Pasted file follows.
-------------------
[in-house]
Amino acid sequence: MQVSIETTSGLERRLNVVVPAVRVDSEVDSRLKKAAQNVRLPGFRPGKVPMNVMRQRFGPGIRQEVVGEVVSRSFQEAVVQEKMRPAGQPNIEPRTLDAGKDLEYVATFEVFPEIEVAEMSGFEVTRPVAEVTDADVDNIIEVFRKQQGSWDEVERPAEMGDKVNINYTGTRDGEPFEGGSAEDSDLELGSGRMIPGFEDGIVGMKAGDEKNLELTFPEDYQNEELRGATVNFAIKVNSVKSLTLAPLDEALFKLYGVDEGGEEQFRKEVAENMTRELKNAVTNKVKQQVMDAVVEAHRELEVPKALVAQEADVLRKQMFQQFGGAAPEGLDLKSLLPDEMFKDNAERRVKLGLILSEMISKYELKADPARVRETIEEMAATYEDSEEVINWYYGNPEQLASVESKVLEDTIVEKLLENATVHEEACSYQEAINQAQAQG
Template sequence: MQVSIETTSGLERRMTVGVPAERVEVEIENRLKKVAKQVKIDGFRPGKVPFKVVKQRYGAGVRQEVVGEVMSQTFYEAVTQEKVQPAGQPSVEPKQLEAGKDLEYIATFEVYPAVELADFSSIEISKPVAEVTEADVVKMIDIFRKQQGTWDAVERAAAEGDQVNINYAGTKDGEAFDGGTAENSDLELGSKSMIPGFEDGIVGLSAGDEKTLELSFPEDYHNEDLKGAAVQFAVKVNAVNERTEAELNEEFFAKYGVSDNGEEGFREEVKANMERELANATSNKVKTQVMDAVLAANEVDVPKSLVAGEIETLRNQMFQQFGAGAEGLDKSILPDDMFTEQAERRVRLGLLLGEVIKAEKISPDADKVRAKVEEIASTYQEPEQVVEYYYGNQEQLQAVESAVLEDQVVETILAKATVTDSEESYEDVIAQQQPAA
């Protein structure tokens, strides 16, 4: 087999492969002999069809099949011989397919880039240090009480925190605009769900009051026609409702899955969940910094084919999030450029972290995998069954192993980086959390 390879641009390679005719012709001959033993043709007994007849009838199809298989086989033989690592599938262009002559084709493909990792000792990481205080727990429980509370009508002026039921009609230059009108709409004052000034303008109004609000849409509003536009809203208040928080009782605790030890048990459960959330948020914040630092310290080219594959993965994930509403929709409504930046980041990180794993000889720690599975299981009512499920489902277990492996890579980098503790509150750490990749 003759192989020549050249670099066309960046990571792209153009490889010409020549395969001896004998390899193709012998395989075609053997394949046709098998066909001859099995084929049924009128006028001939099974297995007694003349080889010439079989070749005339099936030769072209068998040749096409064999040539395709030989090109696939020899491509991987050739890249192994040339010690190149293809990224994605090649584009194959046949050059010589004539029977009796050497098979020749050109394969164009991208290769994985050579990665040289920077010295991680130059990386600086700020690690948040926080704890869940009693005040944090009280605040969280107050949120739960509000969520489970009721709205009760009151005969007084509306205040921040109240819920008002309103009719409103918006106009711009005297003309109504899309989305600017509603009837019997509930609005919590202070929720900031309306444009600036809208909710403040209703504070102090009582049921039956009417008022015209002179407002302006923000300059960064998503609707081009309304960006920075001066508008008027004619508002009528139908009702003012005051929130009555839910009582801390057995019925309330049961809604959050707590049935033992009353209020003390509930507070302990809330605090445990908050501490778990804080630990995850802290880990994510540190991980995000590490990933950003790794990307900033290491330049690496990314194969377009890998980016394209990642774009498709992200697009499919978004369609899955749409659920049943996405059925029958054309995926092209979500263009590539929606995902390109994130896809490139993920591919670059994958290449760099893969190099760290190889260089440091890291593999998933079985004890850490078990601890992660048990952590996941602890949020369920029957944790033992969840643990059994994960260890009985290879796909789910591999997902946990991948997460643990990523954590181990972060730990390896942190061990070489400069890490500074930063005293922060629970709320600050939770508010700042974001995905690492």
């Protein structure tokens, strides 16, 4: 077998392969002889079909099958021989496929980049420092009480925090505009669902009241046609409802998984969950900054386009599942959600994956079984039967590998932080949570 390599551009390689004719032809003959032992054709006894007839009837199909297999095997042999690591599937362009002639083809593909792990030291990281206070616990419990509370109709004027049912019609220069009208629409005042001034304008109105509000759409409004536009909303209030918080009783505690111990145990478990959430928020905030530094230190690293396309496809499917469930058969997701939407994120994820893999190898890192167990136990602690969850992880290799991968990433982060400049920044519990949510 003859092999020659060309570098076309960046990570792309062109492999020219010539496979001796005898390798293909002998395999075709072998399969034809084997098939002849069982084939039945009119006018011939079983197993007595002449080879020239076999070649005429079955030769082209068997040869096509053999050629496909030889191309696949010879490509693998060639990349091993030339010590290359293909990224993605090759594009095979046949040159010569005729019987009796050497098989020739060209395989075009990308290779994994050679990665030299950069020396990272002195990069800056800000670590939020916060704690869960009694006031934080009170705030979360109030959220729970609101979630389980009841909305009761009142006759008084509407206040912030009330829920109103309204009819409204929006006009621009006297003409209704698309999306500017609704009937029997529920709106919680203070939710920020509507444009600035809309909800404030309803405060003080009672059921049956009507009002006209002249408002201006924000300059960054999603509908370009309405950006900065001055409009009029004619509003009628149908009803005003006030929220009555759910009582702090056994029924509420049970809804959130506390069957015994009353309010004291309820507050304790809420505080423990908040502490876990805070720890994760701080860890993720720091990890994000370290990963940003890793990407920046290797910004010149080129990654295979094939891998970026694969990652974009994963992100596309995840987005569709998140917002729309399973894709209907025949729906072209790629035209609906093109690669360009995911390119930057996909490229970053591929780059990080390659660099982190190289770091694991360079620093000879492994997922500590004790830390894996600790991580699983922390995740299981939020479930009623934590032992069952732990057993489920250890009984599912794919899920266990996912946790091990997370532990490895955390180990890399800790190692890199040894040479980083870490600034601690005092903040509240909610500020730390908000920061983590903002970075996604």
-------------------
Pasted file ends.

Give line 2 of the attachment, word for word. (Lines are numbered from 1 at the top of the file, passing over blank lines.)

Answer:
Amino acid sequence: MQVSIETTSGLERRLNVVVPAVRVDSEVDSRLKKAAQNVRLPGFRPGKVPMNVMRQRFGPGIRQEVVGEVVSRSFQEAVVQEKMRPAGQPNIEPRTLDAGKDLEYVATFEVFPEIEVAEMSGFEVTRPVAEVTDADVDNIIEVFRKQQGSWDEVERPAEMGDKVNINYTGTRDGEPFEGGSAEDSDLELGSGRMIPGFEDGIVGMKAGDEKNLELTFPEDYQNEELRGATVNFAIKVNSVKSLTLAPLDEALFKLYGVDEGGEEQFRKEVAENMTRELKNAVTNKVKQQVMDAVVEAHRELEVPKALVAQEADVLRKQMFQQFGGAAPEGLDLKSLLPDEMFKDNAERRVKLGLILSEMISKYELKADPARVRETIEEMAATYEDSEEVINWYYGNPEQLASVESKVLEDTIVEKLLENATVHEEACSYQEAINQAQAQG